One of the folks on our trip suggested making lunches at breakfast, and dividing them up in the morning, and the time saved by not setting up and taking down a kitchen at lunch time really changes the trip. It is a free 40-60 extra minutes a day, and with the days getting shorter, that can open up more hikes, more miles etc.
Also one other thing that worked for us was having a boatperson meeting each morning, and we started with where we are at (what camp) plan for the day and the possible camps and hikes, and any rapids we would stop and scout. We then checked our fittings (set screws can get loose) and then took down camp and got ready to shove off.

I am a huge fan of good socks, and during my WFR, and a few other courses the instructors spoke often of "sacred socks" for end of day/tent use only. for me, they are smartwool mountaineer socks, and they ride in their own mini dry bag (NRS .5L) in a ziploc freezer bag. Dry, sand free sacred socks? oh, that is some good stuff.. Also, even though cotton kills on the river, a dry cotton t shirt is pretty awesome in camp.

It is a great time on the water, and camp, and a magical place to spend some time.

also, adding a pinch of cayenne, cinnamon and espresso powder to hot chocolate will take it to a whole different level. Be flexible, it is an expedition, and sometimes stuff does not got as planned, but, you are also in the canyon, and that rocks.

have a great trip!
 

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I have TLd many river and non-river trips. Almost always did the food menu and shopping myself, even for short multi-day trips for 40-50 people. That is until I was introduced to the magical world of food packing. IMO there are two services on a trip it is 100% worth paying for: Food Pack and Groover. Make your menu and let someone else do all the work for what is really a minimal cost for a GC trip. (should be around $35-50 per person per trip, depending on your group size and float days)
 

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Speaking of socks, our group all had foot issues. Its the sand abrasion. 3 weeks is no joke. I am using NRS rubber booties. They do not keep your feet dry, but they keep the sand out. I had 2 pair ( until I had to give a pair to someone in bad shape) Used one on the river in my river shoes, and swapped to a dry pair at night for walking around camp. Then plenty of moisturizer before bed and air dry.
 

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"If you have folks that are not keen on cooking they can be on groover team the whole trip, and that can make everyone happy."

Jerseyjeff, can I please go on one of your trips? Groover is the easiest, fastest, and most coveted job in the world - it is only marginally harder than "rest day."

If this was ever offered by a TL in my circle chaos would ensue. Perhaps I paddle with the wrong people...
 

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Great time of year down there sounds like it will be a party and probably Halloween! Let Brady know what’s important to you and he is good at accommodating. Don’t forget your costumes!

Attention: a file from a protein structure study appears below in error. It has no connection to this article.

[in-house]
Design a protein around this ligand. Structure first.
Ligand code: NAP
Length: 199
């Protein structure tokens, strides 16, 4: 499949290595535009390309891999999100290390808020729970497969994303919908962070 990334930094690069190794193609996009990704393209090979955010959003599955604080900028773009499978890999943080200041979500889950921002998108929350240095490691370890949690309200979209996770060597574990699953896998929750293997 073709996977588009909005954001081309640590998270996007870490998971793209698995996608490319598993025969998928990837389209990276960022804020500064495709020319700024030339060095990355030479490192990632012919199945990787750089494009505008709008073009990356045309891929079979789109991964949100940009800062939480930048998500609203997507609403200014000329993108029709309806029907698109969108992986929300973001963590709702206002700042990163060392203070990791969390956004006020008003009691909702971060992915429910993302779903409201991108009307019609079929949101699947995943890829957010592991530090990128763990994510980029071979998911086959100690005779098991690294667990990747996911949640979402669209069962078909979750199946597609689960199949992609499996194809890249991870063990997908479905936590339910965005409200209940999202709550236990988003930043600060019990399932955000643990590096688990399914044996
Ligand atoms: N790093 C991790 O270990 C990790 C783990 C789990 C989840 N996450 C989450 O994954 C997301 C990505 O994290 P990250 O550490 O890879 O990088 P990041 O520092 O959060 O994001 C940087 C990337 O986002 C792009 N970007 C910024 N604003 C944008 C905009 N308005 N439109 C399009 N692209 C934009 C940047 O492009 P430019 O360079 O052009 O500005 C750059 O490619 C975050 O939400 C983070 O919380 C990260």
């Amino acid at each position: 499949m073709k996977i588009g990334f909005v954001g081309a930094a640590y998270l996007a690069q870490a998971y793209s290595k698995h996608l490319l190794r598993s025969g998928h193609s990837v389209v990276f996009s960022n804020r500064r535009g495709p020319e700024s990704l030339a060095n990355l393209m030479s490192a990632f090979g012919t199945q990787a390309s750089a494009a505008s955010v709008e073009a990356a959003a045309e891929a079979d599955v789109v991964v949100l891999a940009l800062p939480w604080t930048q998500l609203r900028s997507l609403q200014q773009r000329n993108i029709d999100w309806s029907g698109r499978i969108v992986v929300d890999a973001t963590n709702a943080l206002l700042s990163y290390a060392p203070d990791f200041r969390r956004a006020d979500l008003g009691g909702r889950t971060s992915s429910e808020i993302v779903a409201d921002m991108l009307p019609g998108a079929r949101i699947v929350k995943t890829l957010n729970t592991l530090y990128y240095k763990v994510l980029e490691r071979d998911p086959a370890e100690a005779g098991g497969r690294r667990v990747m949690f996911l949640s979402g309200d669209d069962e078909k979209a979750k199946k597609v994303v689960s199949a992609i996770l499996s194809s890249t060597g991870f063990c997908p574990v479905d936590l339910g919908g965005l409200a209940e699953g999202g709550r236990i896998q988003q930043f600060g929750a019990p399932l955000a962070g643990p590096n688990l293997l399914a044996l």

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I did Groover Duty as trip leader and we came up with a rotation for meals. Groover also includes both wash stations. I would also help set up the kitchen and tear down. Worked for me doing planning and trouble shooting as well. Just do not be too rigid, every group is different. Everyone must contribute and make sure the boats are unloaded and kitchen is set up and has what they need no matter what before wandering off.

Another thing that worked well is ASSIGN riggers for each boat. Those riggers rig the boat and unload each day while the captain hands or hauls items and assists. They can ride on different boats each day, but those riggers get damn good at strapping that junk pile each day and get faster and faster,
 

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Baby wipes for the feet or dedicated wash cloth you're able to rinse out. Gallons of lotion for your feet. (my last trip. of 14 there were only 4 that didn't have feet issues) Depending on your water filtration system and size of the group, a dedicated person for that, especially if it needs to settle before hand. Don't forget to sit back, take a deep breath and give yourself your own alone time to enjoy.
 

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"If you have folks that are not keen on cooking they can be on groover team the whole trip, and that can make everyone happy."

Jerseyjeff, can I please go on one of your trips? Groover is the easiest, fastest, and most coveted job in the world - it is only marginally harder than "rest day."

If this was ever offered by a TL in my circle chaos would ensue. Perhaps I paddle with the wrong people...
Oh, thats funny, 14 folks on groover and 2 cooks... I really enjoy cooking, and definitely did not mind, and I know that folks that wanted groover also advertised that they did not like to cook, and, so it worked, I do think all trips are different, and really there is not a bad idea on this thread yet. The big thing is fun, and since the temps are lower, Halloween candy. Very few things could make a canyon trip better, but PB cups certainly would not make me sad.